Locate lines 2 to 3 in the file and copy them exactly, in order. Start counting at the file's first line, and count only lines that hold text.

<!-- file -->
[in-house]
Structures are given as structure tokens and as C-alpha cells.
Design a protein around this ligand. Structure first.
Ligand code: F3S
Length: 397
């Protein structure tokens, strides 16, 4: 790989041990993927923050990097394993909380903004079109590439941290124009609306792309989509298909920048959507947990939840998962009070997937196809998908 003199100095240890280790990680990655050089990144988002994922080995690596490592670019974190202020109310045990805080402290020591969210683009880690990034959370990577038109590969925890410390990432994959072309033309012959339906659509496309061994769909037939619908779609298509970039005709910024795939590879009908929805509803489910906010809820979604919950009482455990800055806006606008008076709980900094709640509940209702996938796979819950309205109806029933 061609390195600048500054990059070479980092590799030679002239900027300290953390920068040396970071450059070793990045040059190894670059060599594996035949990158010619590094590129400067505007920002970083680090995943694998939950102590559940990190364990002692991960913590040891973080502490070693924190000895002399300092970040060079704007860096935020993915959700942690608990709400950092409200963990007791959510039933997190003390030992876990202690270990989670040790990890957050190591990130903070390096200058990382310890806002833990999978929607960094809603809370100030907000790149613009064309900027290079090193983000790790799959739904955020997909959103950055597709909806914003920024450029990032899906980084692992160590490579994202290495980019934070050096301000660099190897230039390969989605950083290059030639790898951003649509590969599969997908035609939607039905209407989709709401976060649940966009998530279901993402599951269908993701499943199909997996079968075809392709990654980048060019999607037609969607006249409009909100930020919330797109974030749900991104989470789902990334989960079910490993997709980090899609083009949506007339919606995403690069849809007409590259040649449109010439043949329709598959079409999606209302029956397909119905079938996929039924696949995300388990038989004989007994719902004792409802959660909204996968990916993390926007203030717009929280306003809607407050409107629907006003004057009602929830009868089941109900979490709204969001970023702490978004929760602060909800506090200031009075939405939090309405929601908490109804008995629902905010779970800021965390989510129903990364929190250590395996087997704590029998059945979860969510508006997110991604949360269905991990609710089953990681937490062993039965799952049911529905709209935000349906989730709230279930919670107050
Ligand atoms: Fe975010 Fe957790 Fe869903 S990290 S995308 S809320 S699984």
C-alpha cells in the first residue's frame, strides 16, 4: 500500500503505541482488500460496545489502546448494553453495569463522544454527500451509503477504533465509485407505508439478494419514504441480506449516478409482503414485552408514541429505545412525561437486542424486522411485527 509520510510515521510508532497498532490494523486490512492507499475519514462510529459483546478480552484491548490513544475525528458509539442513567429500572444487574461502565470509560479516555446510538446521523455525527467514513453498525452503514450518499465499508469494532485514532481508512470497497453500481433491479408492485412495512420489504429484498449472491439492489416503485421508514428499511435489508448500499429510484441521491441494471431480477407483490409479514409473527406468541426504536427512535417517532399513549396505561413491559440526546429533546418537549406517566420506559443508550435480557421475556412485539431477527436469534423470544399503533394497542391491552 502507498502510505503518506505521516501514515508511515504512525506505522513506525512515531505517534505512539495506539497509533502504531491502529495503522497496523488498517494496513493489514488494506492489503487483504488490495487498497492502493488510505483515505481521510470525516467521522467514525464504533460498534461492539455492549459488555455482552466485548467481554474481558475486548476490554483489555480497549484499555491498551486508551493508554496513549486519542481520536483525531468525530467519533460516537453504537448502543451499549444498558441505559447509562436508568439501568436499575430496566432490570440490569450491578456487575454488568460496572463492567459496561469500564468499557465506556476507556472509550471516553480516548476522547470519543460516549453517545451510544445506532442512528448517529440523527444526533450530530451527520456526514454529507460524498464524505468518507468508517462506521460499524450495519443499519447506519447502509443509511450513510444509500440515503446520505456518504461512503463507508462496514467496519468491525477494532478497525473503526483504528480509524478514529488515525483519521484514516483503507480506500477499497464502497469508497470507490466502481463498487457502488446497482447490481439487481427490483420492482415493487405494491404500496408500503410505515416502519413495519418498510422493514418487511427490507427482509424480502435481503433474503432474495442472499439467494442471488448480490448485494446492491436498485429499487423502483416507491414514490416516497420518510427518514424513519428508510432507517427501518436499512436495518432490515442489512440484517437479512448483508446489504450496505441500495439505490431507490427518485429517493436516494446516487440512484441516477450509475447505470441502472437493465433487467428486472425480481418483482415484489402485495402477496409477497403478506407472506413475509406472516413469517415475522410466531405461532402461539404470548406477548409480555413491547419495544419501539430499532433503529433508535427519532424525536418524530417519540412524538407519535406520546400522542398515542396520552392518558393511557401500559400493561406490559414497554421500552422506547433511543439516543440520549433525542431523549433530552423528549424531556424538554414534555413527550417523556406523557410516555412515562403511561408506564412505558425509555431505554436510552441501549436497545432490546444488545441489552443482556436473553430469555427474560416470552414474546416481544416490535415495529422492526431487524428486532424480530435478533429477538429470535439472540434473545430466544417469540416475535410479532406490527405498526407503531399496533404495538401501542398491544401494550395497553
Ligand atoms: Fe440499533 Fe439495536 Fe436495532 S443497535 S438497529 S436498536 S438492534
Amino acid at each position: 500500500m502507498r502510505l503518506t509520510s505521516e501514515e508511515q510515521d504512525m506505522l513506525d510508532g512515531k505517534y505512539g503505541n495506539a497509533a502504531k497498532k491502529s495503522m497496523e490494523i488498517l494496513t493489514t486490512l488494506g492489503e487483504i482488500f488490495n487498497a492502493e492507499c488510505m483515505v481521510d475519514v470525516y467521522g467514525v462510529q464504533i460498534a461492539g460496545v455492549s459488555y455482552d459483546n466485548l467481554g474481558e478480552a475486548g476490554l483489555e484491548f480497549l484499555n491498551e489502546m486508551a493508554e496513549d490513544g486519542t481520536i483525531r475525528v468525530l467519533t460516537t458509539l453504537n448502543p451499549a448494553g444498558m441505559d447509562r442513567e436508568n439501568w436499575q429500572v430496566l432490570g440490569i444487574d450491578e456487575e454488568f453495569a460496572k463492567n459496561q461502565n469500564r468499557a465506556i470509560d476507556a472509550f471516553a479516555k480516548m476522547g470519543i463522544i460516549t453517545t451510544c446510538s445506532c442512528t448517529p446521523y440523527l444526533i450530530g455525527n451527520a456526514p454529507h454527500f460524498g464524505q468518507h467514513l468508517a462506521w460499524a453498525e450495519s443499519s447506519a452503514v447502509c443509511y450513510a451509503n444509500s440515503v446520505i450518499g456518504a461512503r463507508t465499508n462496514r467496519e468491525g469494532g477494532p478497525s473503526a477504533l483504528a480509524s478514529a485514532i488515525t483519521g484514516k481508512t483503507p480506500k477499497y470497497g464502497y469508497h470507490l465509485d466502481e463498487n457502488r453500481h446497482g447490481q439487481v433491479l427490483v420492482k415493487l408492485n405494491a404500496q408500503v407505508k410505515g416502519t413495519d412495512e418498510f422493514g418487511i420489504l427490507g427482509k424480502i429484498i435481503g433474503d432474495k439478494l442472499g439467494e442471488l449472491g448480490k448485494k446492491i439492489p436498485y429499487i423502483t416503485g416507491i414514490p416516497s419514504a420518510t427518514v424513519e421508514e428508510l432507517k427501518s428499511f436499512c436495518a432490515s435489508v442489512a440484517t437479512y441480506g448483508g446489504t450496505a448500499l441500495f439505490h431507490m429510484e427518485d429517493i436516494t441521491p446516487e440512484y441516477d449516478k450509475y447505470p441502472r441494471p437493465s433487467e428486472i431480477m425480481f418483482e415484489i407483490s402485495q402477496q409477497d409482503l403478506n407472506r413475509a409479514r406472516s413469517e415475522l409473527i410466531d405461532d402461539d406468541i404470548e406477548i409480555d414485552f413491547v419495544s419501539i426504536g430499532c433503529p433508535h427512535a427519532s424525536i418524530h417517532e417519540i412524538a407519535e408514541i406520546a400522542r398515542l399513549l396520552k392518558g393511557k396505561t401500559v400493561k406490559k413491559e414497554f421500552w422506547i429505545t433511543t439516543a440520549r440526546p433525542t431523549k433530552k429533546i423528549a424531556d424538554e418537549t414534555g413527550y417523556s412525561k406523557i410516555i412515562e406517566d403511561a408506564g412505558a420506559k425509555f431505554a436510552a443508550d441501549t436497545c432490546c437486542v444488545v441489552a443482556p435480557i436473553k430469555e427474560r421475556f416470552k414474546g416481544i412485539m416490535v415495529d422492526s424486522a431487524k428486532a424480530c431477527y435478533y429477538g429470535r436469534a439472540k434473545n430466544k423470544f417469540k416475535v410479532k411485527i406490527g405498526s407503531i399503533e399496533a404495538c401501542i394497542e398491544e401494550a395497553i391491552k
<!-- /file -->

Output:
Structures are given as structure tokens and as C-alpha cells.
Design a protein around this ligand. Structure first.